The Kenyan population will more than triple over the next 40 years increasing the pressure on housing demands which may outstrip supply. With these projections, Kenya’s real estate has been viewed as lucrative with promises of bigger and better returns in comparison to other ventures.
While this may have been true for a while, the glut in the market is now telling a different story altogether.
Kenyan towns with high growth potential
Since a majority of Kenyans want a piece of the cake, investment in the sector continues attracting all kinds of people promising to deliver what the investor wants.
But, is it always what it seems?
Practising valuer and author Kariuki Waweru says that due diligence is king when it comes to investing in real estate.
Kariuki advises that the best way to get into the market is to understand it fully before jumping in.
According to Hayer One Marketing, Nairobi is continually attracting more and more newcomers every year. This is due to its dynamism, quality of life, its privileged geographical situation and its unique charm.
“This is enough to boost prices but also to maximize the chances of making a successful investment.”
2018 projections showed that the areas with high real estate potential in Kenya outside Nairobi included Thindigua which is along Kiambu road, Kiambu, Kabete, Membley in Ruiru, Rongai, areas along Waiyaki road including Uthiru, Regen, Kinoo and Kikuyu.
According to the same projections, the most high potential satellite cities in Kenya include Athi River, Mlolongo, Mavoko, Nakuru, Ngong, Ruaka, Syokimau, Embakasi, Kahawa Wendani, Thika, Mtwapa,
Utange, Kitengela, Kiembeni, Nyeri, Likoni, Eldoret, Ruiru, Kilifi, Meru and Bungoma.
Kenya’s real estate bubble
A real estate bubble in Kenya is hard to notice since the market is not uniform.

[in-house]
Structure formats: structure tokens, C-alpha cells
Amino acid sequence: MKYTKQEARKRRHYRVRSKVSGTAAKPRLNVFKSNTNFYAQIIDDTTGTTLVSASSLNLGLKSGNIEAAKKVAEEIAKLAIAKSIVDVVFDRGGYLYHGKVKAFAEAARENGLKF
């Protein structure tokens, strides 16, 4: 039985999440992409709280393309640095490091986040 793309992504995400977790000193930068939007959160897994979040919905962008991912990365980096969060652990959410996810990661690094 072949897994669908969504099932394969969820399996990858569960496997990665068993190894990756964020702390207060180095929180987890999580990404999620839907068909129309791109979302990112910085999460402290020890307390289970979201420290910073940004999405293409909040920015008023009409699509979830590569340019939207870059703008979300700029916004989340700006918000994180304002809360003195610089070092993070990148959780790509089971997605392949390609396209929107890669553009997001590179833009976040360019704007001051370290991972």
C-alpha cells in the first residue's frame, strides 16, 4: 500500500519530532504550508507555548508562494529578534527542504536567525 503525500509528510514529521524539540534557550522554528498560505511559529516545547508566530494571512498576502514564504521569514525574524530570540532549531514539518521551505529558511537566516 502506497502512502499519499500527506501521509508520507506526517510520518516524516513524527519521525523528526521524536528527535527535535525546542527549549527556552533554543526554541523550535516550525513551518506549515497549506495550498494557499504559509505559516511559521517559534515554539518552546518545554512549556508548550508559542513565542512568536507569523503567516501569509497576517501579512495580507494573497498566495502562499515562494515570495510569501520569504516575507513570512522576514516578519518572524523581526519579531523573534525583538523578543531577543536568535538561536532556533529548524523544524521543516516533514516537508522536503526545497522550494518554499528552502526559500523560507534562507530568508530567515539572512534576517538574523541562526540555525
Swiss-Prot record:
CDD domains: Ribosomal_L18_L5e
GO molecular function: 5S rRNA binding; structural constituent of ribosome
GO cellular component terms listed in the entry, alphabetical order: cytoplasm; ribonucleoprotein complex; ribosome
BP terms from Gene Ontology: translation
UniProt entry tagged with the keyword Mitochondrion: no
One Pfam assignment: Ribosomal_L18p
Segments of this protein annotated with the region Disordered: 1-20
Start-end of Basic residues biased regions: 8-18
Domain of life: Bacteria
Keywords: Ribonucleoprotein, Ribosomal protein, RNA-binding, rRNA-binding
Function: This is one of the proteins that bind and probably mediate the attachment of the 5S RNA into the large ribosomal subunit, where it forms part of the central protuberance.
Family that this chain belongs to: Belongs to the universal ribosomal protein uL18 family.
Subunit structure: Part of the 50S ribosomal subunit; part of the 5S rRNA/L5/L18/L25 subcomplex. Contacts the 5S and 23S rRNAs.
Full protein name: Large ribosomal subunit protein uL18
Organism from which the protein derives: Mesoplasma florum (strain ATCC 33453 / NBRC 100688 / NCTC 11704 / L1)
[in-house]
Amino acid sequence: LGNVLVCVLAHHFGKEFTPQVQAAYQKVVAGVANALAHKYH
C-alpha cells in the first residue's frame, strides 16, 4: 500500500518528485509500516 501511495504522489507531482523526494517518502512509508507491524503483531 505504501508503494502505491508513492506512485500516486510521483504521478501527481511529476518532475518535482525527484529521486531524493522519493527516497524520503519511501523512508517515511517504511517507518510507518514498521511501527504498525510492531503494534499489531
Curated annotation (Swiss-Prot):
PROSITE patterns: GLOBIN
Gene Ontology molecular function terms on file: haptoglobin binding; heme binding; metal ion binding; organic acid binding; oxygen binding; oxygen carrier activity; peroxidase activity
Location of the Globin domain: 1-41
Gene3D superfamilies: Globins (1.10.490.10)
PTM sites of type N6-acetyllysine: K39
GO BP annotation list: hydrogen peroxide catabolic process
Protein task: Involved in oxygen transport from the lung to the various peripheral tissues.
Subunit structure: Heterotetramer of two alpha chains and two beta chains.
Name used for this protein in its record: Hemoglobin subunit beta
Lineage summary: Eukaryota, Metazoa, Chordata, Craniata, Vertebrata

“The bubble bursts in different places but the general picture is that in Kenya the bubble is not going burst. However, some sub-markets have already experienced the bubble burst and they are struggling,” Kariuki says.
Kariuki adds that Kenya’s real estate sector is highly segmented and that the sector is still far off from experiencing a burst.
“Some places like Kilimani and Kileleshwa have already experienced a bubble. There is a time when if you built apartments the rents were good and it was easy to sell them off-plan. People were making very good returns,” says Kariuki.
Kariuki states that a bubble bursts when one buys an overpriced property which they cannot later sell unless they have to dispose of it at a lower price.
The author, whose latest book is titled How to invest in real estate in Kenya. (Everything you need to know), says it answers most questions anyone interested in the real estate sector would ask.
He advises anyone thinking of investing in real estate should enlist a registered valuer to help with options on the best investment.
What works in Kenya’s real estate
Kariuki has detailed most of his homeownership journey and answers most of the questions investors have on his blog.
“I was privileged to qualify for a mortgage to buy a plot and build my family home. I recorded the entire journey on my blog,” he says.
Kariuki says he practices what he preaches adding, “In the past 5 years, together with my chama, I have purchased several parcels of land in various parts of the country. I have practised the tips I have shared in this book and they work.”
He is currently pursuing global accreditation as a Chartered Surveyor with the Royal Institute of Chartered Surveyors, (RICS) (UK).
This, he says, will allow him to offer his real estate expertise in more than 53 countries around the world.